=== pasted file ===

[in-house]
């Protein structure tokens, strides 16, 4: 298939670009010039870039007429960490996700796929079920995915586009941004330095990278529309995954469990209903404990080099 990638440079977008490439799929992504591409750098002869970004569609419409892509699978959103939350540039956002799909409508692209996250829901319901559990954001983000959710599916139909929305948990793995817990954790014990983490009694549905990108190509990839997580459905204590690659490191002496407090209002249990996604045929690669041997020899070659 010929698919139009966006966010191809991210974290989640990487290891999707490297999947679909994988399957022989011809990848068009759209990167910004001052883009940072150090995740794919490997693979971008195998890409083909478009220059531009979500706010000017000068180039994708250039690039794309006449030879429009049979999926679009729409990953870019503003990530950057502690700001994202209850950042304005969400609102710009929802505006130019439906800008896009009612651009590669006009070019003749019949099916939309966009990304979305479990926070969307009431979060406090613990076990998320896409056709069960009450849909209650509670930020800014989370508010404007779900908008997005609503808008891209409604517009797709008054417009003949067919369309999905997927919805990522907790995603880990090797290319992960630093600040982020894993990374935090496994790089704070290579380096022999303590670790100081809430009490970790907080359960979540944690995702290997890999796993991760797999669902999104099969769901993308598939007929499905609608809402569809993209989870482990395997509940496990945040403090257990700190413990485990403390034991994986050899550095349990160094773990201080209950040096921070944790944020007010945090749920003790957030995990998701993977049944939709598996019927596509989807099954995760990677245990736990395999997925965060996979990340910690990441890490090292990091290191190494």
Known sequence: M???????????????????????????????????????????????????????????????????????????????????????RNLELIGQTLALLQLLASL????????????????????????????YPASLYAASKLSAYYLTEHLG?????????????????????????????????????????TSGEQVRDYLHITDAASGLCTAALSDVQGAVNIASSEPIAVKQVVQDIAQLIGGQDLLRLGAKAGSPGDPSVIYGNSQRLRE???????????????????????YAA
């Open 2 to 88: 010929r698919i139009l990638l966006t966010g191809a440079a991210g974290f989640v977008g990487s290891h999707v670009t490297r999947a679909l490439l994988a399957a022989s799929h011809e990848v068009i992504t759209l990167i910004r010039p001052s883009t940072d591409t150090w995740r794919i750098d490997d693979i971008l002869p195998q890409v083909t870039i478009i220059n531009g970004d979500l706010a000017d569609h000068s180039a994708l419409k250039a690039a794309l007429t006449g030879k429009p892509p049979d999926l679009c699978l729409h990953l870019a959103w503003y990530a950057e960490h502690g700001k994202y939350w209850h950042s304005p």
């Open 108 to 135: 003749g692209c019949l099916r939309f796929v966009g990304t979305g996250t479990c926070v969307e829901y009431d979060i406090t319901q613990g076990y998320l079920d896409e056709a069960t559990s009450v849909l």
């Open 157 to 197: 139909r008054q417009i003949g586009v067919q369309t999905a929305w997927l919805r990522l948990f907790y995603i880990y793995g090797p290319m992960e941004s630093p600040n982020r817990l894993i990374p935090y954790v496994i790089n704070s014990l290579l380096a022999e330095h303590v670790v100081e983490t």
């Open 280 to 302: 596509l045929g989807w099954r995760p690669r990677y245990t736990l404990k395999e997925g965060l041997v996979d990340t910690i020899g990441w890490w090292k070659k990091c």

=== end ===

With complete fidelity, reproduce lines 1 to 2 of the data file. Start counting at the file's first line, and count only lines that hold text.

[in-house]
């Protein structure tokens, strides 16, 4: 298939670009010039870039007429960490996700796929079920995915586009941004330095990278529309995954469990209903404990080099 990638440079977008490439799929992504591409750098002869970004569609419409892509699978959103939350540039956002799909409508692209996250829901319901559990954001983000959710599916139909929305948990793995817990954790014990983490009694549905990108190509990839997580459905204590690659490191002496407090209002249990996604045929690669041997020899070659 010929698919139009966006966010191809991210974290989640990487290891999707490297999947679909994988399957022989011809990848068009759209990167910004001052883009940072150090995740794919490997693979971008195998890409083909478009220059531009979500706010000017000068180039994708250039690039794309006449030879429009049979999926679009729409990953870019503003990530950057502690700001994202209850950042304005969400609102710009929802505006130019439906800008896009009612651009590669006009070019003749019949099916939309966009990304979305479990926070969307009431979060406090613990076990998320896409056709069960009450849909209650509670930020800014989370508010404007779900908008997005609503808008891209409604517009797709008054417009003949067919369309999905997927919805990522907790995603880990090797290319992960630093600040982020894993990374935090496994790089704070290579380096022999303590670790100081809430009490970790907080359960979540944690995702290997890999796993991760797999669902999104099969769901993308598939007929499905609608809402569809993209989870482990395997509940496990945040403090257990700190413990485990403390034991994986050899550095349990160094773990201080209950040096921070944790944020007010945090749920003790957030995990998701993977049944939709598996019927596509989807099954995760990677245990736990395999997925965060996979990340910690990441890490090292990091290191190494």